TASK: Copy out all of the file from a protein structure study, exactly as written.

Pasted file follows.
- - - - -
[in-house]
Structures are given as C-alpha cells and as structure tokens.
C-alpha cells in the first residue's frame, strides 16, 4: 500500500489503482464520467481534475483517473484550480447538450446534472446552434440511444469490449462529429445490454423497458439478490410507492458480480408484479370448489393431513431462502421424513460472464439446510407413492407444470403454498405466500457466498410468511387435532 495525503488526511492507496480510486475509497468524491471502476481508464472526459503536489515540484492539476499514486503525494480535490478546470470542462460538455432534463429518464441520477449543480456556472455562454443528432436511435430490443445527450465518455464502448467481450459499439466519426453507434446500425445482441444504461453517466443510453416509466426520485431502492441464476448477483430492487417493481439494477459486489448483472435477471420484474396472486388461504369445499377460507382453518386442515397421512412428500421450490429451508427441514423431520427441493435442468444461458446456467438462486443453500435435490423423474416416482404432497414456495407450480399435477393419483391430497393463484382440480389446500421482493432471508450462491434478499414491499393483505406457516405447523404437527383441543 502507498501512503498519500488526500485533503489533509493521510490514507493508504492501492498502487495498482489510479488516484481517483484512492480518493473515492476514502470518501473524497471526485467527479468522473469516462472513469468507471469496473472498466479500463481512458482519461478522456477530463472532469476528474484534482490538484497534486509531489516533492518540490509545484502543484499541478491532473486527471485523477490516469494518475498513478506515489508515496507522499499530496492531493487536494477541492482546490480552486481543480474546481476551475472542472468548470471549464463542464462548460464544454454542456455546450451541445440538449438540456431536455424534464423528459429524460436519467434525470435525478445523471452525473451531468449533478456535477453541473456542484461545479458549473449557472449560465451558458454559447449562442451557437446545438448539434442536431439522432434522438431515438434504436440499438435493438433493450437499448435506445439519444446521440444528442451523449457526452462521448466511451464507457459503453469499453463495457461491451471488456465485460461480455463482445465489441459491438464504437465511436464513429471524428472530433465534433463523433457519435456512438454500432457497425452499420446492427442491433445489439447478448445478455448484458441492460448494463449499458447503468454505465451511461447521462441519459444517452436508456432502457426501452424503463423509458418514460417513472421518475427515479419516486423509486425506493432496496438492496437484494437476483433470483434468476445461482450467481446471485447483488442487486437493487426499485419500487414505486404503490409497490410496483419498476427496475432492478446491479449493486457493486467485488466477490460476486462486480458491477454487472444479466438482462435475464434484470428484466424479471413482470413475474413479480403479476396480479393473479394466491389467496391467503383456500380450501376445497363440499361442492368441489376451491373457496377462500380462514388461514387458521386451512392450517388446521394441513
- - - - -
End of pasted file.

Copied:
[in-house]
Structures are given as C-alpha cells and as structure tokens.
C-alpha cells in the first residue's frame, strides 16, 4: 500500500489503482464520467481534475483517473484550480447538450446534472446552434440511444469490449462529429445490454423497458439478490410507492458480480408484479370448489393431513431462502421424513460472464439446510407413492407444470403454498405466500457466498410468511387435532 495525503488526511492507496480510486475509497468524491471502476481508464472526459503536489515540484492539476499514486503525494480535490478546470470542462460538455432534463429518464441520477449543480456556472455562454443528432436511435430490443445527450465518455464502448467481450459499439466519426453507434446500425445482441444504461453517466443510453416509466426520485431502492441464476448477483430492487417493481439494477459486489448483472435477471420484474396472486388461504369445499377460507382453518386442515397421512412428500421450490429451508427441514423431520427441493435442468444461458446456467438462486443453500435435490423423474416416482404432497414456495407450480399435477393419483391430497393463484382440480389446500421482493432471508450462491434478499414491499393483505406457516405447523404437527383441543 502507498501512503498519500488526500485533503489533509493521510490514507493508504492501492498502487495498482489510479488516484481517483484512492480518493473515492476514502470518501473524497471526485467527479468522473469516462472513469468507471469496473472498466479500463481512458482519461478522456477530463472532469476528474484534482490538484497534486509531489516533492518540490509545484502543484499541478491532473486527471485523477490516469494518475498513478506515489508515496507522499499530496492531493487536494477541492482546490480552486481543480474546481476551475472542472468548470471549464463542464462548460464544454454542456455546450451541445440538449438540456431536455424534464423528459429524460436519467434525470435525478445523471452525473451531468449533478456535477453541473456542484461545479458549473449557472449560465451558458454559447449562442451557437446545438448539434442536431439522432434522438431515438434504436440499438435493438433493450437499448435506445439519444446521440444528442451523449457526452462521448466511451464507457459503453469499453463495457461491451471488456465485460461480455463482445465489441459491438464504437465511436464513429471524428472530433465534433463523433457519435456512438454500432457497425452499420446492427442491433445489439447478448445478455448484458441492460448494463449499458447503468454505465451511461447521462441519459444517452436508456432502457426501452424503463423509458418514460417513472421518475427515479419516486423509486425506493432496496438492496437484494437476483433470483434468476445461482450467481446471485447483488442487486437493487426499485419500487414505486404503490409497490410496483419498476427496475432492478446491479449493486457493486467485488466477490460476486462486480458491477454487472444479466438482462435475464434484470428484466424479471413482470413475474413479480403479476396480479393473479394466491389467496391467503383456500380450501376445497363440499361442492368441489376451491373457496377462500380462514388461514387458521386451512392450517388446521394441513